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By Cody Kisner, Biological Sciences; Tyler Boggs, University of Cincinnati
Advisor: Joshua Gross
Awards: Presenter Award: Excellence in Research Communication
Presentation ID: 184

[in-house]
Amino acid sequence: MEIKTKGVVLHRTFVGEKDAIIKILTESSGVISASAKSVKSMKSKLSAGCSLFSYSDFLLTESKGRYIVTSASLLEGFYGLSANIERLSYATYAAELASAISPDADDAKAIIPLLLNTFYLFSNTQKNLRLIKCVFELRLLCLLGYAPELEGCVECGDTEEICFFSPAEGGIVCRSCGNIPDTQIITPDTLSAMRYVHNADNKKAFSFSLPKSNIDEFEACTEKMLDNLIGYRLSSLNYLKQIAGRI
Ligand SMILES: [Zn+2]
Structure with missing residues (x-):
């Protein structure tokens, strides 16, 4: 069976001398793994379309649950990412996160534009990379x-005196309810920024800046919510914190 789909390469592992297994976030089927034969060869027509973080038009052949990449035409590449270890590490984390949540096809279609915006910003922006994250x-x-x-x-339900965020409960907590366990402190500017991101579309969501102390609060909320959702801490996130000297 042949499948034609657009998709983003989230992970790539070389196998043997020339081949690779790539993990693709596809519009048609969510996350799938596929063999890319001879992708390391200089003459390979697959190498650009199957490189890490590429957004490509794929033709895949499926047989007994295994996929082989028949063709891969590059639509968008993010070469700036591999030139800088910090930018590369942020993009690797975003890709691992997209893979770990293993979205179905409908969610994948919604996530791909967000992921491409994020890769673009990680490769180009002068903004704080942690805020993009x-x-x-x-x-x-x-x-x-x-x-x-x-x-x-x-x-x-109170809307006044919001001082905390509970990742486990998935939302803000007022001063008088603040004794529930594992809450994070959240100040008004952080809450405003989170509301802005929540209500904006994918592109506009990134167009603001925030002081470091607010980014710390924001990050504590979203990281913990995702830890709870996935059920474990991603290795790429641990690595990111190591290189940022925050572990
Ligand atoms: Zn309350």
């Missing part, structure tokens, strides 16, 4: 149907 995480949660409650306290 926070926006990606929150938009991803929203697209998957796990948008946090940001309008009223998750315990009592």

Abstract: Extreme environments are frequently associated with the evolution of remarkable phenotypes. Subterranean environments provide one such model given that they lack sunlight, harbor low levels of nutrition, and have less dissolved oxygen than surface watersheds. When considering the long-term effects of limited oxygen levels as an evolutionary pressure, hemoglobin genes are potential candidates given their principal role as a molecular transporter of oxygen. Initial comparisons of gene organization between cave and surface morphs, based on the current drafts of Astyanax genomes, revealed cave morphs have fewer hemoglobin genes than their closely related surface-dwelling counterparts. This finding is consistent with regressive changes, such as the loss of eyes and pigmentation that accompanied colonization of the subterranean environment. To examine the putative genetic alterations of hemoglobin genes in surface and cave morphotypes of Astyanax mexicanus, we performed a series of hemoglobin family member alignments, and compared sequence structures by creating a phylogenetic tree. Many nodes contained a single orthologous gene, however, 4/13 nodes contained more surface genes than cave revealing candidates of gene loss. Further, we discovered numerous sequence-level differences between cave and surface fish orthologs that may suggest adaptive evolution of the hemoglobin complex in cave forms. In one instance (LOC103024400) a nine base deletion was observed in the cave morph, resulting in fewer amino acids, putatively altering the binding efficiency of hemoglobin proteins. This work reveals substantial changes to the structure, genomic organization, and genetic sequences of the hemoglobin complex as a consequence of colonizing the harsh cave environment.